One of America’s oldest candies has a mildly misleading name - there’s actually no salt water in taffy. Rumor has it, this common misconception started after a candy company on Atlantic City’s boardwalk flooded with sea water. All the candy maker had left to sell was, quite literally, salt-water soaked taffy. The name stuck, much like the candy sticks to your teeth.
It’s not certain who started making this chewy treat, but most credit New Jersey native Joseph Fralinger with popularizing it. Humble beginnings of molasses and vanilla flavors have exploded into almost every flavor imaginable.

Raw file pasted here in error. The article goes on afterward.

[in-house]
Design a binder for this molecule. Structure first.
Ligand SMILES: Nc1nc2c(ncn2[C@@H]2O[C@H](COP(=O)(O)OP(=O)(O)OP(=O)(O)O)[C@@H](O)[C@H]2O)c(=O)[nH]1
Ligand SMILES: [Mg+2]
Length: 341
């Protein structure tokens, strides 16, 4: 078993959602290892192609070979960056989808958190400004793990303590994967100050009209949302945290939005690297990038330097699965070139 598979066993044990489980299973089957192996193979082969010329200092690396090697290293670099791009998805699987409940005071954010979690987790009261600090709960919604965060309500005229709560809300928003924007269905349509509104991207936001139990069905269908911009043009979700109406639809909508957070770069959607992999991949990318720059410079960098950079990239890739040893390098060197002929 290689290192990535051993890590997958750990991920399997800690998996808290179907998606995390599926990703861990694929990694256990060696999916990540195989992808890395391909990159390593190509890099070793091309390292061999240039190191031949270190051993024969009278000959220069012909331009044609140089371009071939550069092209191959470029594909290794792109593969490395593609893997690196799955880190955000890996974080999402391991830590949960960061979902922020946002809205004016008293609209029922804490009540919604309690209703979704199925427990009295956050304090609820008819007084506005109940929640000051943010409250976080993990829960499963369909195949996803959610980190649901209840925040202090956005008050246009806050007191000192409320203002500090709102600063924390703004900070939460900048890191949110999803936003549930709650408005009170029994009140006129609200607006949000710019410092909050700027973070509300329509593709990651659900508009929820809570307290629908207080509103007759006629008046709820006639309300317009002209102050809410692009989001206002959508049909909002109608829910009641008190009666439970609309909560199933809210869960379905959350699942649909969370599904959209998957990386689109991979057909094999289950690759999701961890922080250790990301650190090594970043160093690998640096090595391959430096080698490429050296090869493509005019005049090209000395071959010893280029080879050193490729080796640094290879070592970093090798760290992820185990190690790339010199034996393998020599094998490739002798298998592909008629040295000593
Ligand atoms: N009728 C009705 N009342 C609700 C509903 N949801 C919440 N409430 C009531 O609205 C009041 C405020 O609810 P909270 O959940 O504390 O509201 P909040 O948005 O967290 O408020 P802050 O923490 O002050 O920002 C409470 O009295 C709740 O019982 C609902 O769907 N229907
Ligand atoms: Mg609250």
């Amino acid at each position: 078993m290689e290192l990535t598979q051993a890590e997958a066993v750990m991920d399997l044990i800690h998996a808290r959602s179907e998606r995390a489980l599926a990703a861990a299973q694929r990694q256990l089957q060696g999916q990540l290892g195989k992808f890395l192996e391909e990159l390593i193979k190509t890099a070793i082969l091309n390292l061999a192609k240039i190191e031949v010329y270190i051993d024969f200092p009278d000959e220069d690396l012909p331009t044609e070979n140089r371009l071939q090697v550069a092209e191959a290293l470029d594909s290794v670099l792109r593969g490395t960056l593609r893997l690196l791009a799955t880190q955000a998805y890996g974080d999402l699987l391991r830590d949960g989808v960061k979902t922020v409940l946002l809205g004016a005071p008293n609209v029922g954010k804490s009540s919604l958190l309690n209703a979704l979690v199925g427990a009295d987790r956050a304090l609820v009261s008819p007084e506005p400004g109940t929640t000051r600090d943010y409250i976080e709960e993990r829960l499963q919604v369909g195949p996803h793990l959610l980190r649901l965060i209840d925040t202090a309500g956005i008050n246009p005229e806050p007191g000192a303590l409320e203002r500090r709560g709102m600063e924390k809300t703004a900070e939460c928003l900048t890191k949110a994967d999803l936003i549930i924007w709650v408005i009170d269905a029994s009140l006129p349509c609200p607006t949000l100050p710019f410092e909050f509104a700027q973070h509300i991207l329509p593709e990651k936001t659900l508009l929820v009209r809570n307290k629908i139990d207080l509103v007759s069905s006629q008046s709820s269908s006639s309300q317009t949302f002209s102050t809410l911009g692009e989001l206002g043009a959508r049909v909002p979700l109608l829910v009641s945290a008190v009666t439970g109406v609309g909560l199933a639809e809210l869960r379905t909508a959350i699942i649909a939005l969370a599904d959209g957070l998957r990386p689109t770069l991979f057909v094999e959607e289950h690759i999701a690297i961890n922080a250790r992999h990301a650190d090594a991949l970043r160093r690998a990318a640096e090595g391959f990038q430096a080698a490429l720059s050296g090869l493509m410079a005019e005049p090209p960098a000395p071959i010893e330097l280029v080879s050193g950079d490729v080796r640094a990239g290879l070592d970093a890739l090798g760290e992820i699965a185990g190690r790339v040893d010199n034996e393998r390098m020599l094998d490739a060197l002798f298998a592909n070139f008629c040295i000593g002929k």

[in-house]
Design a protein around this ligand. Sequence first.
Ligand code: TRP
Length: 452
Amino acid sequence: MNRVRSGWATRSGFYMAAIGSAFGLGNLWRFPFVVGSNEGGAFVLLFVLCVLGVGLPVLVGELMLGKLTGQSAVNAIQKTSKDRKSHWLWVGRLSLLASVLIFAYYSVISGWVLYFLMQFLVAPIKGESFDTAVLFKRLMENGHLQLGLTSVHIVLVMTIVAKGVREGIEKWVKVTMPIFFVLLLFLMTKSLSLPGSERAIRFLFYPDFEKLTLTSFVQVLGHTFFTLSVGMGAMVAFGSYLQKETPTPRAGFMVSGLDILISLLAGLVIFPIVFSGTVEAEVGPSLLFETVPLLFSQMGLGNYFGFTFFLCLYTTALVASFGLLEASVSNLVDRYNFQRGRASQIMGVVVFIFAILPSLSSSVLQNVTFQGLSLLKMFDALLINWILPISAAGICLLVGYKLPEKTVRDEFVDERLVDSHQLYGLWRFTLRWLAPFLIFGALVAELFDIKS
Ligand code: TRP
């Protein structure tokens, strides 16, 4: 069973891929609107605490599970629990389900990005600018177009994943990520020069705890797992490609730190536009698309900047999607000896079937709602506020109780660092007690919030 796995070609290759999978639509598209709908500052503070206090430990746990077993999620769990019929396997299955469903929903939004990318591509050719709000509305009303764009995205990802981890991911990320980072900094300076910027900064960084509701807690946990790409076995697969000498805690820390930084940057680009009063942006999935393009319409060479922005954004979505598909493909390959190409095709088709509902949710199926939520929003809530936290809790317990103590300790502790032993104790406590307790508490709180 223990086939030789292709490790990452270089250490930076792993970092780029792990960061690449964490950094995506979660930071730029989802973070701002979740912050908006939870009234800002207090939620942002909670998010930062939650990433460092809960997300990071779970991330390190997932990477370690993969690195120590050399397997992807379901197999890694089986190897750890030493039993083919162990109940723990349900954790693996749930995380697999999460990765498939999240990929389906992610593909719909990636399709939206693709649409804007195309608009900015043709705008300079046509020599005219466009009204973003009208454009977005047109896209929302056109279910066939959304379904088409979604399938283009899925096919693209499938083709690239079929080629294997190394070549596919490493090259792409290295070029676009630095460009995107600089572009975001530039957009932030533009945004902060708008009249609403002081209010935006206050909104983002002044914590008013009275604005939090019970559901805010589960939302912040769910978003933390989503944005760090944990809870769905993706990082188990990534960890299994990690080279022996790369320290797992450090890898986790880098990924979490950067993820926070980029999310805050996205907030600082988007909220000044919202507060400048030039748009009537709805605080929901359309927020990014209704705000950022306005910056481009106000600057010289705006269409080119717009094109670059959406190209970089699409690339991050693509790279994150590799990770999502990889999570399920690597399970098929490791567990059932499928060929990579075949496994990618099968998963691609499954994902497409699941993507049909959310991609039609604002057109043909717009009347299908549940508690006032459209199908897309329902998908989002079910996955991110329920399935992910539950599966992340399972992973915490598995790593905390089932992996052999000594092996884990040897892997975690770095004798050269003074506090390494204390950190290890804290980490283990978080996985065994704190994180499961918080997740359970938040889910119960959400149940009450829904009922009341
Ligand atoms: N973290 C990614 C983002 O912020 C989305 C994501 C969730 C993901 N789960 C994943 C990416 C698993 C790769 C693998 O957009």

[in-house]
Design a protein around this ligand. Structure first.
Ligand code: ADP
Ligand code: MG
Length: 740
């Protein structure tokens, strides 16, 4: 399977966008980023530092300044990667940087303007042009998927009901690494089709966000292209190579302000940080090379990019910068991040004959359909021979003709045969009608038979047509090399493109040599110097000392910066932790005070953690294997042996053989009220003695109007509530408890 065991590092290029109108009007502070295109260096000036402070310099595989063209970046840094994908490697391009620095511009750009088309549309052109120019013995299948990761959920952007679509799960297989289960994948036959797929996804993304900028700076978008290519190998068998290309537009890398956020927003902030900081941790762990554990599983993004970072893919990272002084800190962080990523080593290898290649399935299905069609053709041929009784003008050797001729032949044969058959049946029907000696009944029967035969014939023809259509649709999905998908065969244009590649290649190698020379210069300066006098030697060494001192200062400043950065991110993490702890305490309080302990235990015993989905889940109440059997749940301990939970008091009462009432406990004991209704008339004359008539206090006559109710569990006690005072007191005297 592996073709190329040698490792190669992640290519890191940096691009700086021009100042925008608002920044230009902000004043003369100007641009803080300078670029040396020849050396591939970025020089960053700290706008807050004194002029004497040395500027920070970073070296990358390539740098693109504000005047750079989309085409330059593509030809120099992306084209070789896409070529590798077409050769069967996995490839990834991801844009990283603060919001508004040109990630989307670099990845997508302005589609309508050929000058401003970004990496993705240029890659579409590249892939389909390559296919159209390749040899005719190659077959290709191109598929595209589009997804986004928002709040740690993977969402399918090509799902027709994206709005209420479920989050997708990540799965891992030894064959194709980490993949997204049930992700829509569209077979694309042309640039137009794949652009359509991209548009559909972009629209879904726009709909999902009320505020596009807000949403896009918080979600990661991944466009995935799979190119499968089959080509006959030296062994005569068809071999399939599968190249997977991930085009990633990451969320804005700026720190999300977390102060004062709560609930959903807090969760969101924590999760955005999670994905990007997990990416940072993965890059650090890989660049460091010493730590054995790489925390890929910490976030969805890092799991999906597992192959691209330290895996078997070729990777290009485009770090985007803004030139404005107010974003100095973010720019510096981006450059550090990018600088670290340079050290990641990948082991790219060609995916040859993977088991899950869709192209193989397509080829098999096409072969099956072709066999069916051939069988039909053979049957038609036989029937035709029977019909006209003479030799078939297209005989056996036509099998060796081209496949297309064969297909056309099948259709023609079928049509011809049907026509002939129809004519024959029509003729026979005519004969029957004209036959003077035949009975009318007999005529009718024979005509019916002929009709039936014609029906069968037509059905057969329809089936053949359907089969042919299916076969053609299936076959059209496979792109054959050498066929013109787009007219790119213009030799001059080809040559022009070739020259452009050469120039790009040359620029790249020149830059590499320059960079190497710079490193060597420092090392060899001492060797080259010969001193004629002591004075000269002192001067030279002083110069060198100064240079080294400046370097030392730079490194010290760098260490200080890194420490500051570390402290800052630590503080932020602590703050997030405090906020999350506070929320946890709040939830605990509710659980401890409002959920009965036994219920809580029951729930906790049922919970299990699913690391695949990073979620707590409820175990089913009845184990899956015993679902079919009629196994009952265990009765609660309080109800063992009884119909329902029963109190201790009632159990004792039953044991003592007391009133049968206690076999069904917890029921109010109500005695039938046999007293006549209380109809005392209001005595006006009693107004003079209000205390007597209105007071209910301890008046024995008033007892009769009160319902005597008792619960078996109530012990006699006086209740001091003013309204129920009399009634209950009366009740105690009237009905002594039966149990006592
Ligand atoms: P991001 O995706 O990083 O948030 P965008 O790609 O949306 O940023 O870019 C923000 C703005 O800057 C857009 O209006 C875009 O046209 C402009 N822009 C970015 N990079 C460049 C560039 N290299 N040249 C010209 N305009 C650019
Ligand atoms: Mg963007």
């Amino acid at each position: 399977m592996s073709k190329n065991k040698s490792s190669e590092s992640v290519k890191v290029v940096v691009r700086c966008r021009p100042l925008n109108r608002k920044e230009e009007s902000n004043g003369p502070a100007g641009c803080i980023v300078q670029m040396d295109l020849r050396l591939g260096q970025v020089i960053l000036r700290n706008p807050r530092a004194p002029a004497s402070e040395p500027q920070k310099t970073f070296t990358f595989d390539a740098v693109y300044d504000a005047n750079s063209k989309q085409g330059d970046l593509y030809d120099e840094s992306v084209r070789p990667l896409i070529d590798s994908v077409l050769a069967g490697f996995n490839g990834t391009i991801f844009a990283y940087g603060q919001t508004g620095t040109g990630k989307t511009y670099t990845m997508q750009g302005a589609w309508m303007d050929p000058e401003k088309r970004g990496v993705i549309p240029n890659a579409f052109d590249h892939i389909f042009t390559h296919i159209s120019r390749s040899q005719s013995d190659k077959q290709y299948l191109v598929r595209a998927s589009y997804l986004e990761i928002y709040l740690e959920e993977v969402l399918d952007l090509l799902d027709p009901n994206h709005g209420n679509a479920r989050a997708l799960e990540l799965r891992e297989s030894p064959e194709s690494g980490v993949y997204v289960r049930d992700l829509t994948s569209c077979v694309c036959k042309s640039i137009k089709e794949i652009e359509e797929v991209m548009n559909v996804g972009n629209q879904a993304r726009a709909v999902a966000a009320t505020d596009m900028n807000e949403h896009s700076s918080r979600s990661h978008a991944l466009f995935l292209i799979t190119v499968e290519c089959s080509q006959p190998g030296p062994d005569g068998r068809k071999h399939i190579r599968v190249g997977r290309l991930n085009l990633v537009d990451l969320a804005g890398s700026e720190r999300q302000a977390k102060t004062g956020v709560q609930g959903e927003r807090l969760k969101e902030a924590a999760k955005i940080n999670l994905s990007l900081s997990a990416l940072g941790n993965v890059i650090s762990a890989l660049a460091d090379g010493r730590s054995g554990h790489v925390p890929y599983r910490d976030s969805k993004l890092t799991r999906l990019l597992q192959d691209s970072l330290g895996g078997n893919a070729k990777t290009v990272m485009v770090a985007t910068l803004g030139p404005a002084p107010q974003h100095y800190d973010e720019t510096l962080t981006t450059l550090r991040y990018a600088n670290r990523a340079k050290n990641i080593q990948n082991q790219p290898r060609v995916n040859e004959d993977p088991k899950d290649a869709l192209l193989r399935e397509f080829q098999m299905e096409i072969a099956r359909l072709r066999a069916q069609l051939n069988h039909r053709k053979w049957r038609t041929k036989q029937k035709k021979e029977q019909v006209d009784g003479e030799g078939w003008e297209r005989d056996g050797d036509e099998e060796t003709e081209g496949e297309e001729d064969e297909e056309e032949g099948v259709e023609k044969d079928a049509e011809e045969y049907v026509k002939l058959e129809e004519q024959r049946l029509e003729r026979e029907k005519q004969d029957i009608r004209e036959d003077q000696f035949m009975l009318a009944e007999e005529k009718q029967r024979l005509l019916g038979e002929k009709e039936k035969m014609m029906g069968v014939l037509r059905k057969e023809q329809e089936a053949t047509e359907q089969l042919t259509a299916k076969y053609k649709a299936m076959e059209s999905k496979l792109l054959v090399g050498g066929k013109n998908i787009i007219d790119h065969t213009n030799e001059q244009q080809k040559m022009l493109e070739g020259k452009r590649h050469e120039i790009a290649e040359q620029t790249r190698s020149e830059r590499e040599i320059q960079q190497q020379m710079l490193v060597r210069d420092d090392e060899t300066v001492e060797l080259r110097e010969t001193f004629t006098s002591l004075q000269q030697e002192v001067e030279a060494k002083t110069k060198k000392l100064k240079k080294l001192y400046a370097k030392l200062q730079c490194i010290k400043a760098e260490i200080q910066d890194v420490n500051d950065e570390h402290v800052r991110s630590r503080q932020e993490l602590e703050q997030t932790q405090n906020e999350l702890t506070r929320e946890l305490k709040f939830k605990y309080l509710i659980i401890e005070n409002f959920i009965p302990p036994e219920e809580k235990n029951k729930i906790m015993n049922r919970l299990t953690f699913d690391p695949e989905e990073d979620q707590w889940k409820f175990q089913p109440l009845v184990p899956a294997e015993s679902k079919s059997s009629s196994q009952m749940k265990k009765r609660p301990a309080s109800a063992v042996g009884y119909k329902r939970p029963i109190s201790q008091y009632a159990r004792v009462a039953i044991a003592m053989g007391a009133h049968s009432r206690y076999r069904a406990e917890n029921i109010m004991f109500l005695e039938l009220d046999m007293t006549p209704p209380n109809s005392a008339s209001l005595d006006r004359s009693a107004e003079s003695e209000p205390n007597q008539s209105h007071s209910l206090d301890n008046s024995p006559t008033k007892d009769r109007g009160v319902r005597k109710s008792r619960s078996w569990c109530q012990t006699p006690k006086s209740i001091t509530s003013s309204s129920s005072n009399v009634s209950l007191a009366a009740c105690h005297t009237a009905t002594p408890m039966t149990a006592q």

The candy is made my melting sugar, water, butter and some stabilizers (like cornstarch) and then pulling the final product into long strands. Pulling the taffy aerates it which gives the sticky treat its chewiness and a lustrous shine.